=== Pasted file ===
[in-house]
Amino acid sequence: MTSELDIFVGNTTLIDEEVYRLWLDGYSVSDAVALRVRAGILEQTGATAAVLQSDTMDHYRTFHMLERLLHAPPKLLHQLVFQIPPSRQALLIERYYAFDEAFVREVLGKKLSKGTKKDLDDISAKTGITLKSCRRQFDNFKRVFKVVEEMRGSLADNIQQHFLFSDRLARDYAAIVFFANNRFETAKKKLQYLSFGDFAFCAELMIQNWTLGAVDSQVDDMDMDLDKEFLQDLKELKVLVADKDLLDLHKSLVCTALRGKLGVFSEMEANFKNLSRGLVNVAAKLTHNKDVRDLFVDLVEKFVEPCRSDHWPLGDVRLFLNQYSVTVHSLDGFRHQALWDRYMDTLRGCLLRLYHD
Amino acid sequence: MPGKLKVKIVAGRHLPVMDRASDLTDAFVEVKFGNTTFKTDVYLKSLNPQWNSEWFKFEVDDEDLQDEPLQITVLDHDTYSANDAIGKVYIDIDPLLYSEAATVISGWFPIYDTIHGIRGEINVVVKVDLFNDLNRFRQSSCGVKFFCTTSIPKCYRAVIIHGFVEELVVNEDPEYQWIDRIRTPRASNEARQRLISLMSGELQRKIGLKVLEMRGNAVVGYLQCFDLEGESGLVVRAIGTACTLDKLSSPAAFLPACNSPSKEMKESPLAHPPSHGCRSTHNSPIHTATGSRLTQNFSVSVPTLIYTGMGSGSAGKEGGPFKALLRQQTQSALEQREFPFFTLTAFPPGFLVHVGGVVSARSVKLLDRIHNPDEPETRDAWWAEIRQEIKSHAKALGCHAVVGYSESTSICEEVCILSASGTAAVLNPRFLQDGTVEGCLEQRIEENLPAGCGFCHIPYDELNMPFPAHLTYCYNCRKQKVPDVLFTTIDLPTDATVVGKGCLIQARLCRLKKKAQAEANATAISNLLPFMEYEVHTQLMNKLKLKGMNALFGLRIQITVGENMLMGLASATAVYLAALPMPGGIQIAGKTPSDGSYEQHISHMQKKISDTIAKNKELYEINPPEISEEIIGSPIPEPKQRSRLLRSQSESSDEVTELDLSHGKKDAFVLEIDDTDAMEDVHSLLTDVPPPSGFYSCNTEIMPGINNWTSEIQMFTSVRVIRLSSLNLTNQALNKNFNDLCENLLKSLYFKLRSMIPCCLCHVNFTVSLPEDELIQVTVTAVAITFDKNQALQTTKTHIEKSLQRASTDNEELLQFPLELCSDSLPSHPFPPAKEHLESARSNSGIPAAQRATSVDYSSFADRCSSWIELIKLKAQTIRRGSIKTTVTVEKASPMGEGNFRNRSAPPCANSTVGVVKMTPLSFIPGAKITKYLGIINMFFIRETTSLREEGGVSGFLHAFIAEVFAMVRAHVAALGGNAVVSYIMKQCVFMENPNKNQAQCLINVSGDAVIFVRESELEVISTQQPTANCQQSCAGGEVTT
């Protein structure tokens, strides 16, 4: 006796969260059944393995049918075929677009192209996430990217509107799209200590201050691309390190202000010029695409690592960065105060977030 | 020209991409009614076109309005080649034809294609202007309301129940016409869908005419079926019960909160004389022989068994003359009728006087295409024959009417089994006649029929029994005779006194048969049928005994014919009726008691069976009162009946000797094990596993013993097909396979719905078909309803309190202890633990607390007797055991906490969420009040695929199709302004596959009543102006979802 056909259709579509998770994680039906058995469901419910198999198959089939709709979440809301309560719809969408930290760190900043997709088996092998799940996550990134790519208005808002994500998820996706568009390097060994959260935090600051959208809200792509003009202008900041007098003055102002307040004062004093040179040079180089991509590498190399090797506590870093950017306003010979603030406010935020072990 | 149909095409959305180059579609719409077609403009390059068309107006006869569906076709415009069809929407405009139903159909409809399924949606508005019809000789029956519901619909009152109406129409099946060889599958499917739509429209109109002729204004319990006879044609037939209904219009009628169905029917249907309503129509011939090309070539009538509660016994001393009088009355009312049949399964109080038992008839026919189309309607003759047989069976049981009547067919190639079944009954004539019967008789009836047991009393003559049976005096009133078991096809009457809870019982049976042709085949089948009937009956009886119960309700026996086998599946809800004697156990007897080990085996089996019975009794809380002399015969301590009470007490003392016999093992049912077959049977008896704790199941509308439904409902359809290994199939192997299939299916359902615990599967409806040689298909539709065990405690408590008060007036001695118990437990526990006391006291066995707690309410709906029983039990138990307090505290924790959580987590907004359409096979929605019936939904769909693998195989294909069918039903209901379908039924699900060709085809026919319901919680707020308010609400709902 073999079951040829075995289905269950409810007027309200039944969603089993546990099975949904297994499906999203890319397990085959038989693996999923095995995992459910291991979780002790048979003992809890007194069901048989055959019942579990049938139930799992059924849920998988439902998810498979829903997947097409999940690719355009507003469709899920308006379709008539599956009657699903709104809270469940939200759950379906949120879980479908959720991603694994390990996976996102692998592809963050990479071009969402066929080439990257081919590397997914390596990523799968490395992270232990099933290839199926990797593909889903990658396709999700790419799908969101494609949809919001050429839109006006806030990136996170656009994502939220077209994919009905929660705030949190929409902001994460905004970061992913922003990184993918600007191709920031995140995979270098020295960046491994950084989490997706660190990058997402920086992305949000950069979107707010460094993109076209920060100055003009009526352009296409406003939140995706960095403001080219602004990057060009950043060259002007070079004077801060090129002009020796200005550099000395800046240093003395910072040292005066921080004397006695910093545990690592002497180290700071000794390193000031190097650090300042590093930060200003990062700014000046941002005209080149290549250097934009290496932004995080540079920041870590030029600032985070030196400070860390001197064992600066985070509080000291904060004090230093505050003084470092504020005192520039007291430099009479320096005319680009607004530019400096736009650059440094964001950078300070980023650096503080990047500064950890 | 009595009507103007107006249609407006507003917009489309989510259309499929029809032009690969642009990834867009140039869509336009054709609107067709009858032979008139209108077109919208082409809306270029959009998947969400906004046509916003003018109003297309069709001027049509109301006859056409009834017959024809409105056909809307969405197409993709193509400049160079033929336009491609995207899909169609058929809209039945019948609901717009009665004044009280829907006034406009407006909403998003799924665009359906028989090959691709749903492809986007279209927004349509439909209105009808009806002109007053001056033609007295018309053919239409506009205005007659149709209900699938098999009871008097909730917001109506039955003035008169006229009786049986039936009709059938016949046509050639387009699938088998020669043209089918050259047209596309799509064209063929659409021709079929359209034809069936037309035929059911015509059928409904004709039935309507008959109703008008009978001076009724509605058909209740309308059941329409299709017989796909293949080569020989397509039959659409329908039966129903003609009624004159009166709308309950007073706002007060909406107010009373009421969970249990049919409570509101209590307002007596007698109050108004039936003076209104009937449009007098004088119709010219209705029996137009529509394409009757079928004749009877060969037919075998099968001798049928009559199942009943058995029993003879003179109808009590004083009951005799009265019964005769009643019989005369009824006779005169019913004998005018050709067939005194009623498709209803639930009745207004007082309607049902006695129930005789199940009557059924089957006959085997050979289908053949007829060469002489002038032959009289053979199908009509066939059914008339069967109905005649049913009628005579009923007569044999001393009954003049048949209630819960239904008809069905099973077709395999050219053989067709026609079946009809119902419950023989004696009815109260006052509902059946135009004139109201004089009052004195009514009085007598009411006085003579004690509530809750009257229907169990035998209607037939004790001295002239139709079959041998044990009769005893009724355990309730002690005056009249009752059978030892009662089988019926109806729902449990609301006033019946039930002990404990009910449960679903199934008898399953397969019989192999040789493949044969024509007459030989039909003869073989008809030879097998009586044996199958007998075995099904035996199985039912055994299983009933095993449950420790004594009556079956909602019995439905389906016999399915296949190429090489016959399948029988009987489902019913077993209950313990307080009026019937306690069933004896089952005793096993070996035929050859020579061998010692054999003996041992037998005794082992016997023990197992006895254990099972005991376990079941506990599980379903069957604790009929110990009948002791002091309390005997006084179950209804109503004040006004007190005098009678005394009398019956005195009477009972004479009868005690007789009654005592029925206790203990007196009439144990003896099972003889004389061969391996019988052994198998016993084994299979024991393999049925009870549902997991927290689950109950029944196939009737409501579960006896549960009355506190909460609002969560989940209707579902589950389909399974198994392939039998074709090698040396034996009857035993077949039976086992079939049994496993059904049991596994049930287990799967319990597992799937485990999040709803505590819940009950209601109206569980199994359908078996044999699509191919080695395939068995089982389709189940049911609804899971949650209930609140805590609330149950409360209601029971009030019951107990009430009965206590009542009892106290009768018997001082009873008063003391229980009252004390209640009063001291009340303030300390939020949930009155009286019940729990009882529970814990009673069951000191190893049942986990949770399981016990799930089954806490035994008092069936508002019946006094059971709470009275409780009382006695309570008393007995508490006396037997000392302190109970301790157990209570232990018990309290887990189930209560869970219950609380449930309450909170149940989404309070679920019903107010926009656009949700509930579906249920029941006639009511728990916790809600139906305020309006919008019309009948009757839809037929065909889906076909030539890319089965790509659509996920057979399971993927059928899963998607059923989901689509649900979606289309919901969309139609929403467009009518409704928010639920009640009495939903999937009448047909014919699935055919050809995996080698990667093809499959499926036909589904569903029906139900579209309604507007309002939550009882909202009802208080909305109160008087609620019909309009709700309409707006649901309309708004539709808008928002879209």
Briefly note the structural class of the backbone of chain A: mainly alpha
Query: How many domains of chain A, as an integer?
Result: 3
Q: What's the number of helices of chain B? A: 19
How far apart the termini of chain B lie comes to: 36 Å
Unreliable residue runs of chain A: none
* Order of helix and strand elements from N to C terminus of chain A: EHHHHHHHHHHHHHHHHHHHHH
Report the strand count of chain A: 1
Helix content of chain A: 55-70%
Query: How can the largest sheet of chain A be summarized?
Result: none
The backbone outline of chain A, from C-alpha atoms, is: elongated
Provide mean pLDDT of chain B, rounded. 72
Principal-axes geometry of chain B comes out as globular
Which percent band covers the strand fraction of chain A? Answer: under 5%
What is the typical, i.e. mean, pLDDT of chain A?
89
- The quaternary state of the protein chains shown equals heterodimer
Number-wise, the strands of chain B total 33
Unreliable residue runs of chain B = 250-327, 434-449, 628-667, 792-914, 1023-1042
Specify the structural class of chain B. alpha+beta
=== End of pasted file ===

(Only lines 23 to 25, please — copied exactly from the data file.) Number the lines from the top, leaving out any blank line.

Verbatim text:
Number-wise, the strands of chain B total 33
Unreliable residue runs of chain B = 250-327, 434-449, 628-667, 792-914, 1023-1042
Specify the structural class of chain B. alpha+beta